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Currin v. Colvin

United States District Court, E.D. Virginia, Richmond Division

January 6, 2015

DIANNE CURRIN, Plaintiff,
v.
CAROLYN W. COLVIN, Acting Commissioner of Social Security, Defendant.

REPORT AND RECOMMENDATION

DAVID J. NOVAK, Magistrate Judge.

Dianne Currin ("Plaintiff') is fifty-five years old and previously worked as a food service worker, house painter, sales attendant and cashier. On April 19, 2011, Plaintiff filed for disability insurance benefits ("DIB"), alleging disability from arthritis, chronic obstructive pulmonary disease ("COPD"), depression, high blood pressure and stroke, with an alleged onset date of April 1, 2007. Plaintiffs application was denied both initially and upon reconsideration. On April 24, 2013, an Administrative Law Judge ("ALP) held a hearing during which Plaintiff, represented by counsel, and a vocational expert ("VE") testified. On May 3, 2013, the All issued a written opinion, finding that Plaintiff was not disabled under the Social Security Act ("Act"). On January 24, 2014, the Appeals Council denied Plaintiffs request for review, rendering the ALJ's decision the final decision of the Commissioner.

Plaintiff seeks judicial review of the ALJ's opinion in this Court pursuant to 42 U.S.C. § 405(g), arguing that substantial evidence does not support the ALJ's residual functional capacity ("RFC") assessment and that, as a result, the All erred in the hypothetical that he provided to the VE. The parties have submitted cross-motions for summary judgment that are now ripe for review. Having reviewed the parties' submissions and the entire record in this case, [1] the Court is now prepared to issue a report and recommendation pursuant to 28 U.S.C. § 636(b)(1)(B). For the reasons that follow, the Court recommends that Plaintiff's Motion for Summary Judgment (ECF No. 14) and Motion for Remand (ECF No. 15) be DENIED, that Defendant's Motion for Summary Judgment (ECF No. 17) be GRANTED, and that the final decision of the Commissioner be AFFIRMED.

I. BACKGROUND

Because Plaintiff challenges the ALJ's decision, Plaintiff's education and work history, Plaintiff's medical history, Plaintiff's function report, third-party function report, Plaintiff's testimony and VE testimony are summarized below.

A. Plaintiff's Education and Work History

Plaintiff was forty-seven years old on the alleged onset date. (R. at 34.) Plaintiff did not finish high school, but obtained a GED. (R. at 470-71.) In the past, Plaintiff worked as a cashier, hospital nutrition specialist, retail stock associate and house painter. (R. at 183, 471.)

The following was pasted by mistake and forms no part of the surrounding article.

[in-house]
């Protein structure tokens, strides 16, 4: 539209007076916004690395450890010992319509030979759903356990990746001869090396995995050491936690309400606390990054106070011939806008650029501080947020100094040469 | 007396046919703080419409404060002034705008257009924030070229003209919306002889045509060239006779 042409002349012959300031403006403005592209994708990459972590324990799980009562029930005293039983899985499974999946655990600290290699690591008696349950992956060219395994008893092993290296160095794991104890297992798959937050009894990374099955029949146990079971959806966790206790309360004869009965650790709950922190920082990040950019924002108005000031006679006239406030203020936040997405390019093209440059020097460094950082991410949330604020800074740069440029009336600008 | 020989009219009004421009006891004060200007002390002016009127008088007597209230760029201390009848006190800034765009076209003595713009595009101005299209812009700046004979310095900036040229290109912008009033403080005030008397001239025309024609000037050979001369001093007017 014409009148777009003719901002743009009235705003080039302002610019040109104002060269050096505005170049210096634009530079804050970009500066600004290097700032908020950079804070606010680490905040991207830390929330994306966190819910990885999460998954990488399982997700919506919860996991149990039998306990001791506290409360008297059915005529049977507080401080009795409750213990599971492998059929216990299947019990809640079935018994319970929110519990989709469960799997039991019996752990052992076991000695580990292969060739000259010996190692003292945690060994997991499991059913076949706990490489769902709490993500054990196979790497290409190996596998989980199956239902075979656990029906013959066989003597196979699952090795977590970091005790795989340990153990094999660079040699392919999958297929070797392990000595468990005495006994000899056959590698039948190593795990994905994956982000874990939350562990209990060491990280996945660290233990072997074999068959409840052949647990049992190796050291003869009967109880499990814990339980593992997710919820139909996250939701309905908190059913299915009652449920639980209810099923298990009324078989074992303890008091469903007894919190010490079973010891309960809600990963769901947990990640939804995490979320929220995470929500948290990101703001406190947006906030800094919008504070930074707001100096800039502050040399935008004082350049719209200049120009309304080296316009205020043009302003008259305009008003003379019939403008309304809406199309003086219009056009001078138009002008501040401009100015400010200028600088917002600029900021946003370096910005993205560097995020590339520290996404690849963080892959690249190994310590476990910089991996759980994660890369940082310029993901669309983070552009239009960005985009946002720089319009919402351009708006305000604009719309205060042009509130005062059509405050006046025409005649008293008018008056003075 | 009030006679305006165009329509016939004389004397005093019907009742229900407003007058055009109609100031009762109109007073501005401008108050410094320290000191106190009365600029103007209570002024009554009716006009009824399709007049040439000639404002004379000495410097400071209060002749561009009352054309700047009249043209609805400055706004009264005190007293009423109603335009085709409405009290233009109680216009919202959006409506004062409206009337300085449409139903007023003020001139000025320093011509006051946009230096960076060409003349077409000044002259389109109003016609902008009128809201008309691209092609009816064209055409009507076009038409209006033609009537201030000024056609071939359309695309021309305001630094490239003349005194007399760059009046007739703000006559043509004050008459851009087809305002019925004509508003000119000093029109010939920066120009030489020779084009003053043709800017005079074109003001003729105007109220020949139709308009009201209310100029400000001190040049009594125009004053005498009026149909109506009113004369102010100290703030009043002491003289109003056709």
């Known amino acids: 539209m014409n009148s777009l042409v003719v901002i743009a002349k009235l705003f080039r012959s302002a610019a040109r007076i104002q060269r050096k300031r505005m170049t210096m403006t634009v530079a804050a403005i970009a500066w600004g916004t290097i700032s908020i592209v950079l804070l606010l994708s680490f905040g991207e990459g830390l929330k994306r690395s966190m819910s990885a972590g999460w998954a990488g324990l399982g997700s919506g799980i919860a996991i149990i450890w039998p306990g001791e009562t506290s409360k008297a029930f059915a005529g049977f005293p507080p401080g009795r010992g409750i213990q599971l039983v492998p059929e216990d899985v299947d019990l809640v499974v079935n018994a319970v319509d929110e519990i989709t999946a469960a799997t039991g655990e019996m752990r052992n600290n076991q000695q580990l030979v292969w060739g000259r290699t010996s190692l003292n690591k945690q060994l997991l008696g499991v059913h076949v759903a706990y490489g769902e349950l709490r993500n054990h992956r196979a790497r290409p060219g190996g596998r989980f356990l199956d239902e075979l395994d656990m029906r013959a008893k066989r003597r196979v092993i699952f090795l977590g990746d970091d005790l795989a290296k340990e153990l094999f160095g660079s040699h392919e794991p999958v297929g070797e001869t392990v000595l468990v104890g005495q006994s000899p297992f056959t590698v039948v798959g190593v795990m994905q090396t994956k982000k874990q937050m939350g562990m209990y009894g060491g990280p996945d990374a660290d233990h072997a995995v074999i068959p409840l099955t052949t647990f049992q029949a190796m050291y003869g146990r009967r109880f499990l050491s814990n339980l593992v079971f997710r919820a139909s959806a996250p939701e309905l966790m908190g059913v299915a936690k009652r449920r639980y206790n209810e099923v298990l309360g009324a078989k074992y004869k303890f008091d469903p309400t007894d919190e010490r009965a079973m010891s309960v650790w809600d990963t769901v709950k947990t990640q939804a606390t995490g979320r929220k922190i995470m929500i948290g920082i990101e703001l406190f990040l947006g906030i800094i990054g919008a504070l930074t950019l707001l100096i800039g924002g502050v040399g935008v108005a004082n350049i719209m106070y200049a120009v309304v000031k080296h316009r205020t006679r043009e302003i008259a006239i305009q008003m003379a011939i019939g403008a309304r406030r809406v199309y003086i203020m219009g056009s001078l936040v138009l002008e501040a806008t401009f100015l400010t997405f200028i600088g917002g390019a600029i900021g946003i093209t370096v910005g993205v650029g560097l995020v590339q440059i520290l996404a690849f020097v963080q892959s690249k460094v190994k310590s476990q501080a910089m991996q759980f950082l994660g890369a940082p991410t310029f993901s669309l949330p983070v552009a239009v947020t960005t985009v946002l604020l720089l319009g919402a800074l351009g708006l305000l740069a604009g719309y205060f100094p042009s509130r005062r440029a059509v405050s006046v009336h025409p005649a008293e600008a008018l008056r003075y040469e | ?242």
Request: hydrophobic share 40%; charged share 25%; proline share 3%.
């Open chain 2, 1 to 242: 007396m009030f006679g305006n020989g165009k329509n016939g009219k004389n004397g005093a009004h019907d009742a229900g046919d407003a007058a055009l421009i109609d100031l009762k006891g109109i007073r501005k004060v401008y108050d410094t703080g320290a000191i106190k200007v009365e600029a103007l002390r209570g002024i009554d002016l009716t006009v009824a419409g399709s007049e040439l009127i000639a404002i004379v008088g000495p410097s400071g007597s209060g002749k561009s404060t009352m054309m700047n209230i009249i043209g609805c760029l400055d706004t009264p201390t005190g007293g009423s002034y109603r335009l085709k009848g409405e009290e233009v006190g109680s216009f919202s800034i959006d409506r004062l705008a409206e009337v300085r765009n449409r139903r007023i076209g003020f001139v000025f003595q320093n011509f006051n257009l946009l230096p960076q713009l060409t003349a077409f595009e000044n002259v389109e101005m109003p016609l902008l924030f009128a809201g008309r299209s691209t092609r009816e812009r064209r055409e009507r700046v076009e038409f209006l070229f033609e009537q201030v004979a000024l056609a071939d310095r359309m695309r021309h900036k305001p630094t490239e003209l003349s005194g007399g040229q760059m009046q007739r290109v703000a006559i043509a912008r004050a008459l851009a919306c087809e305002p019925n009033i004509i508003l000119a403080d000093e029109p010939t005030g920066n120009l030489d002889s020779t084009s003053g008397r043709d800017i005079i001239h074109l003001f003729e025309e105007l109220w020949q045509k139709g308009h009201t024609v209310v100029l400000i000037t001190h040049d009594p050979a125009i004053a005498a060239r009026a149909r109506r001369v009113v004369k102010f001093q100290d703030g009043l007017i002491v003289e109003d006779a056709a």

B. Plaintiff's Medical History

1. Physical Treatment

On April 3, 2007, Plaintiff went to Community Memorial Healthcenter ("CMH") in South Hill, Virginia, complaining of shortness of breath, but doctors found that her lungs were clear bilaterally and that she had normal pulmonary vascularity. (R. at 232.) On October 12, 2007, Plaintiff complained of pain in her right wrist. (R. at 239.) Nripendra Devanath, M.D. found minimal degenerative joint disease at the first carpometacarpal joint in her right wrist. (R. at 239.) Dr. Devanath also noted that Plaintiff had minimal degenerative joint disease at the lateral intercarpal joint in her right wrist. (R. at 239.)

On May 23, 2008, Plaintiff visited Chris Burling, M.D. at the Mount Pleasant Family Practice in Mt. Pleasant, Texas, complaining of having trouble breathing. (R. at 275-77.) Plaintiff reported smoking half of a pack of cigarettes per day, and Dr. Burling recommended that she cease smoking. (R. at 275-77.) Dr. Burling's physical examination revealed that Plaintiff had decreased breathing sounds and expiratory wheezing. (R. at 277.) Dr. Burling diagnosed Plaintiff with acute exacerbation of COPD. (R. at 277.) Dr. Burling further treated Plaintiff's COPD with antibiotics and breathing treatments. (R. at 318-19.)

On August 14, 2008, Plaintiff visited East Texas Orthopaedics with pain in her right knee. (R. at 359.) David A. Hester, M.D. found significant right knee arthritis, ordered that Plaintiff receive Depo-Medrol injections and schedule physical therapy treatments. (R. at 359, 363.)

On October 15, 2008, Plaintiff visited Azalea Orthopedics, reporting right knee pain and swelling. (R. at 362.) Doctors determined that her degenerative joint disease may have caused the pain and swelling, but were also concerned that she might have an associated meniscal tear. (R. at 362.) On December 4, 2008, Plaintiff had an MRI of her right knee that revealed a small joint effusion, small cyst and a degenerative change in the posterior horn of the medial meniscus. (R. at 366.) However, no evidence of a tear in the cruciate or collateral ligaments existed. (R. at 366.)

On May 12, 2009, Plaintiff checked into the Titus Regional Medical Center in Mt. Pleasant, Texas, reporting a sudden onset of dizziness and lightheadedness while bending over at work. (R. at 299.) Plaintiff presented with elevated blood pressure and a possible head infarction. (R. at 299.) She reported experiencing slurred speech the previous Friday and Saturday, but it had resolved, and her lightheadedness was moderate and had improved. (R. at 299.) Plaintiff's brain scan revealed no evidence of intracranial hemorrhage, but doctors recommended that Plaintiff undergo an MRI. (R. at 307.) Her hypertension improved slightly during her time in the hospital, and Plaintiff admitted to doctors that she had not previously been following her home medication regimen. (R. at 304.)

On November 19, 2010, Plaintiff visited Richard Batz, M.D. for an x-ray of her right knee. (R. at 215.) Dr. Batz found that Plaintiff had no fracture or dislocation, but did have mild to moderate osteoarthritic changes. (R. at 215.)

On May 26, 2011, Plaintiff visited CMH for a refill of medication. (R. at 217.) Doctors recorded that Plaintiff suffered from lumbar-sacral disc degeneration. (R. at 218.) A chest x-ray showed that Plaintiff's lungs were free of any cardiopulmonary process. (R. at 221.) During Plaintiff's September 12, 2011 mental status examination with James O'Keefe, Psy.D., Plaintiff reported discomfort in her neck and extremities, had to switch chairs multiple times during the examination and stated that "mainly [her] body" kept her from working. (R. at 248.)